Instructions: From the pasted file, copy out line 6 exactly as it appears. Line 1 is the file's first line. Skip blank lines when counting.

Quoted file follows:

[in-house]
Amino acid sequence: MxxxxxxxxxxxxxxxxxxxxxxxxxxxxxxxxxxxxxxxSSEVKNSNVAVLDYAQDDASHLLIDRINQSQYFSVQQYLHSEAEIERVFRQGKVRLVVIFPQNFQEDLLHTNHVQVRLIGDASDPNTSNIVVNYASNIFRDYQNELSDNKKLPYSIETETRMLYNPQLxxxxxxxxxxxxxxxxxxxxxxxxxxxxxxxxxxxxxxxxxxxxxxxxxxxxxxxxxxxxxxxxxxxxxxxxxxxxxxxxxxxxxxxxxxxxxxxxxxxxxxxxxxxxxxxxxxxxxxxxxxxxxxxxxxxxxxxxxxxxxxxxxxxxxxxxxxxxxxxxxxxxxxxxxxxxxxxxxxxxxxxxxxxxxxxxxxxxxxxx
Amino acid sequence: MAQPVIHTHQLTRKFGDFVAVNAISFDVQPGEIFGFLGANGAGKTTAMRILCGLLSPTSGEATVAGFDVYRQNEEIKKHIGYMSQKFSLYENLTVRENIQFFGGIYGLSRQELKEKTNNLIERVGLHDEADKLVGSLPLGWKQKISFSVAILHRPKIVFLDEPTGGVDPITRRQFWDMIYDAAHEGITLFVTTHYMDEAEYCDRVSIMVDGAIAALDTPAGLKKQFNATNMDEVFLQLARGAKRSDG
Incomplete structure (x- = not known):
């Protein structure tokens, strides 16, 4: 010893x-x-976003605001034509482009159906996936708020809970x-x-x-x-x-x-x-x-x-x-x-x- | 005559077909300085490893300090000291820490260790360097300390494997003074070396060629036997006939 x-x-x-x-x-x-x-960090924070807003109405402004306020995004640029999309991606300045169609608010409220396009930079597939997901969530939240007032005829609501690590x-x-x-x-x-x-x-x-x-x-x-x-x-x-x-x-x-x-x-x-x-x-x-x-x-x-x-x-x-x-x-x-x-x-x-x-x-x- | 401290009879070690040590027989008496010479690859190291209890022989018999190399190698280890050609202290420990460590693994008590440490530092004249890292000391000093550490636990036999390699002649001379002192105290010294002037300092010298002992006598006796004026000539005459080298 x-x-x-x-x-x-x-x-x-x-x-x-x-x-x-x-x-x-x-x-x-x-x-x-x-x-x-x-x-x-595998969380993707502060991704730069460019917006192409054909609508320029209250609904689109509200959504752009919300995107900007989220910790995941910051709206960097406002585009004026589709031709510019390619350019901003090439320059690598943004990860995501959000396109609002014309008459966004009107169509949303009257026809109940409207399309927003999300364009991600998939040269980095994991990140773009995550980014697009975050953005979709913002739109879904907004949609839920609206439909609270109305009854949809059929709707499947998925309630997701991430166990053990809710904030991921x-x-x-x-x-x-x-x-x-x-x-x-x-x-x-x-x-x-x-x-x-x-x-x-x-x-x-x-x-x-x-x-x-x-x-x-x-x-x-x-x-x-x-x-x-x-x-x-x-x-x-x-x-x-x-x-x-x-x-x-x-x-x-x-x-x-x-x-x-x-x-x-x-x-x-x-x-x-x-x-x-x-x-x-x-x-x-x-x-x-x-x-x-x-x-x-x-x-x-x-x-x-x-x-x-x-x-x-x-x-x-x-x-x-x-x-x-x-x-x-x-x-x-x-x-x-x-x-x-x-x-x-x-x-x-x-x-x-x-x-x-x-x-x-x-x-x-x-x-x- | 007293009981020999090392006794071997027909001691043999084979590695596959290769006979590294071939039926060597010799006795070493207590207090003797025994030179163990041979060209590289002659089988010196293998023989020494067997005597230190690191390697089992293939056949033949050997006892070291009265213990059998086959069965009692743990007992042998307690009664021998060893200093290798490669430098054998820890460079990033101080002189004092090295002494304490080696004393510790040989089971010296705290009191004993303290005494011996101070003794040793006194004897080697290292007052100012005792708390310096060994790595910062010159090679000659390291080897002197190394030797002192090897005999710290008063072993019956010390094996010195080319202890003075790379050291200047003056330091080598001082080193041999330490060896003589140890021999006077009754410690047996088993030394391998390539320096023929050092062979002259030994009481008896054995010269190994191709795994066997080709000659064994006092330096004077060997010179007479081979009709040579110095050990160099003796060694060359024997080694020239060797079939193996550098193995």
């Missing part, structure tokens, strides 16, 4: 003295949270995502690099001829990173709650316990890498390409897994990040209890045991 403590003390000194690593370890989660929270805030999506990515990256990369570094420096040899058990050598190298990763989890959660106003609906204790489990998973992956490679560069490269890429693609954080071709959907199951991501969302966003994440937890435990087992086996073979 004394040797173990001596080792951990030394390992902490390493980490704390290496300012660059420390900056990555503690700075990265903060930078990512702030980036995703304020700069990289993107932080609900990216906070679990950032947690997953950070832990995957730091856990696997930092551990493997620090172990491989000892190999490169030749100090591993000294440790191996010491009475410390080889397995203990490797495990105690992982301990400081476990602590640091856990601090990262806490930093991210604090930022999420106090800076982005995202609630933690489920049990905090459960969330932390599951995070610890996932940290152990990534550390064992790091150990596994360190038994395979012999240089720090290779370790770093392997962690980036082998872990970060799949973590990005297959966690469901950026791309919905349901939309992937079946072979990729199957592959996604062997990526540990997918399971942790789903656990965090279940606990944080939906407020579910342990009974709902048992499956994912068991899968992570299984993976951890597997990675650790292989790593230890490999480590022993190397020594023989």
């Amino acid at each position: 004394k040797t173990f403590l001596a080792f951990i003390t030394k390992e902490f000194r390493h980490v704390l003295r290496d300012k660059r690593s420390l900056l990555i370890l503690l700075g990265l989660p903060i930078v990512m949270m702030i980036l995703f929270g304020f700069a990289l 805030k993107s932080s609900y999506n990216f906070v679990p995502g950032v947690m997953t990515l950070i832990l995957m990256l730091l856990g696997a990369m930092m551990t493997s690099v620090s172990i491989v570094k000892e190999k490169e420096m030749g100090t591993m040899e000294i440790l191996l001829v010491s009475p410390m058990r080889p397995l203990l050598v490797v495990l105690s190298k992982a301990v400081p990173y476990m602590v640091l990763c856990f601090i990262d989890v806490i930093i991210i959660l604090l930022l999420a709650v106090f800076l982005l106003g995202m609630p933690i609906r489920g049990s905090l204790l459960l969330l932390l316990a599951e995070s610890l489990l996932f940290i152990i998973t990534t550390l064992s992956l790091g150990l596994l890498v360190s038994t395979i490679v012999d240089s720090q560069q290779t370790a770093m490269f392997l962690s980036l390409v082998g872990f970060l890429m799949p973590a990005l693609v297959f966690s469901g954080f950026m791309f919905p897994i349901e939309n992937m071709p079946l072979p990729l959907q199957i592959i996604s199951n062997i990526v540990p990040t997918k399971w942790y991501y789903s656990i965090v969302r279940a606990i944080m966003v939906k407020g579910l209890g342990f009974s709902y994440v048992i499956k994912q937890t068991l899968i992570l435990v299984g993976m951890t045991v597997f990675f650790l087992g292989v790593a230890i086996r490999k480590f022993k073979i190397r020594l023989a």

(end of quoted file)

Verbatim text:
């Missing part, structure tokens, strides 16, 4: 003295949270995502690099001829990173709650316990890498390409897994990040209890045991 403590003390000194690593370890989660929270805030999506990515990256990369570094420096040899058990050598190298990763989890959660106003609906204790489990998973992956490679560069490269890429693609954080071709959907199951991501969302966003994440937890435990087992086996073979 004394040797173990001596080792951990030394390992902490390493980490704390290496300012660059420390900056990555503690700075990265903060930078990512702030980036995703304020700069990289993107932080609900990216906070679990950032947690997953950070832990995957730091856990696997930092551990493997620090172990491989000892190999490169030749100090591993000294440790191996010491009475410390080889397995203990490797495990105690992982301990400081476990602590640091856990601090990262806490930093991210604090930022999420106090800076982005995202609630933690489920049990905090459960969330932390599951995070610890996932940290152990990534550390064992790091150990596994360190038994395979012999240089720090290779370790770093392997962690980036082998872990970060799949973590990005297959966690469901950026791309919905349901939309992937079946072979990729199957592959996604062997990526540990997918399971942790789903656990965090279940606990944080939906407020579910342990009974709902048992499956994912068991899968992570299984993976951890597997990675650790292989790593230890490999480590022993190397020594023989």